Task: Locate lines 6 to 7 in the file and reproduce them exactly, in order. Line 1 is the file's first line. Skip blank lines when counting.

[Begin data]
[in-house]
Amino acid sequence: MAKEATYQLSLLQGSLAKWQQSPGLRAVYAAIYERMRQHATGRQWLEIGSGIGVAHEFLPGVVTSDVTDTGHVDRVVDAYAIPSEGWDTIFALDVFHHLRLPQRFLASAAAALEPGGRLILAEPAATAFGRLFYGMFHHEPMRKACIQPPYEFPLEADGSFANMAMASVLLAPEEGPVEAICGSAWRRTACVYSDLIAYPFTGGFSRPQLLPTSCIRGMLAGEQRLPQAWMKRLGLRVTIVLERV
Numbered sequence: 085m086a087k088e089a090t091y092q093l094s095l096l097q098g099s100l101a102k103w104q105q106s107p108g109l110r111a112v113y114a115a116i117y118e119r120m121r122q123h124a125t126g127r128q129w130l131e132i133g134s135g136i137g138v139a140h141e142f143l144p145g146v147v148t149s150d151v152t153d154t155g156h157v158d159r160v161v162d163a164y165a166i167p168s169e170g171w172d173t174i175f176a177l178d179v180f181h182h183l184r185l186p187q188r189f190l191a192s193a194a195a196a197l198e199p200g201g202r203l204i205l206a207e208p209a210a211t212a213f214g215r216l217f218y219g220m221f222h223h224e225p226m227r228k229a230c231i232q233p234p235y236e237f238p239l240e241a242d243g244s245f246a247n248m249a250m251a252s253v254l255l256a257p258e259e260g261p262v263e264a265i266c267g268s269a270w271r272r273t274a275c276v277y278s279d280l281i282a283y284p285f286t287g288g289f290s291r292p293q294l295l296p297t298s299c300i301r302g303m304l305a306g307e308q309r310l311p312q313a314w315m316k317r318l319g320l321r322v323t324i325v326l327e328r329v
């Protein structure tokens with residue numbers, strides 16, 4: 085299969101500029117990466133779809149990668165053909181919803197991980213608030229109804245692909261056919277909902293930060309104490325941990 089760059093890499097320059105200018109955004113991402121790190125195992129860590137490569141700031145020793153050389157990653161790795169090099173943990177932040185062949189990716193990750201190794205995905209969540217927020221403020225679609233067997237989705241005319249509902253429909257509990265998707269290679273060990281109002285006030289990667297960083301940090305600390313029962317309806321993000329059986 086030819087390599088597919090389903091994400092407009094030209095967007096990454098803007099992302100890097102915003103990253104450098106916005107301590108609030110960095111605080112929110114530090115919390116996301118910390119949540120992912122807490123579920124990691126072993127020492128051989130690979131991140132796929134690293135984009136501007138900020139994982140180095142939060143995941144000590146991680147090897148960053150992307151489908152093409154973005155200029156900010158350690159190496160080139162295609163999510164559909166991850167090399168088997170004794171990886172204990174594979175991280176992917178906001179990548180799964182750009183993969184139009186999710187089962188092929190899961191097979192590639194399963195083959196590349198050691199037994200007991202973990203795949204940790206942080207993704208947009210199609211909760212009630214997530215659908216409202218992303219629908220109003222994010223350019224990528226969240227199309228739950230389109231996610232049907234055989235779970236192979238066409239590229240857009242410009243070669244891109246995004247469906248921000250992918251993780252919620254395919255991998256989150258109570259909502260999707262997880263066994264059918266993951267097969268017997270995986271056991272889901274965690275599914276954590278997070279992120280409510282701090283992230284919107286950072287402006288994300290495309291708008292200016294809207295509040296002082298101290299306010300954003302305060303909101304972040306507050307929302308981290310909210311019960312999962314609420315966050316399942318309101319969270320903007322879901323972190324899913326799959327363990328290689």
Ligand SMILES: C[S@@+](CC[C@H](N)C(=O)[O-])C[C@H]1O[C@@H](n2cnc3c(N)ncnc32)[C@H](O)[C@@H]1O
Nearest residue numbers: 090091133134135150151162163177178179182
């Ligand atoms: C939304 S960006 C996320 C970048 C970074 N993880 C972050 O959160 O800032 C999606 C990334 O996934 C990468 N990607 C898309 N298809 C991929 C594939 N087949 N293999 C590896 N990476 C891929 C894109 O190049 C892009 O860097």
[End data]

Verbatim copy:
Nearest residue numbers: 090091133134135150151162163177178179182
């Ligand atoms: C939304 S960006 C996320 C970048 C970074 N993880 C972050 O959160 O800032 C999606 C990334 O996934 C990468 N990607 C898309 N298809 C991929 C594939 N087949 N293999 C590896 N990476 C891929 C894109 O190049 C892009 O860097």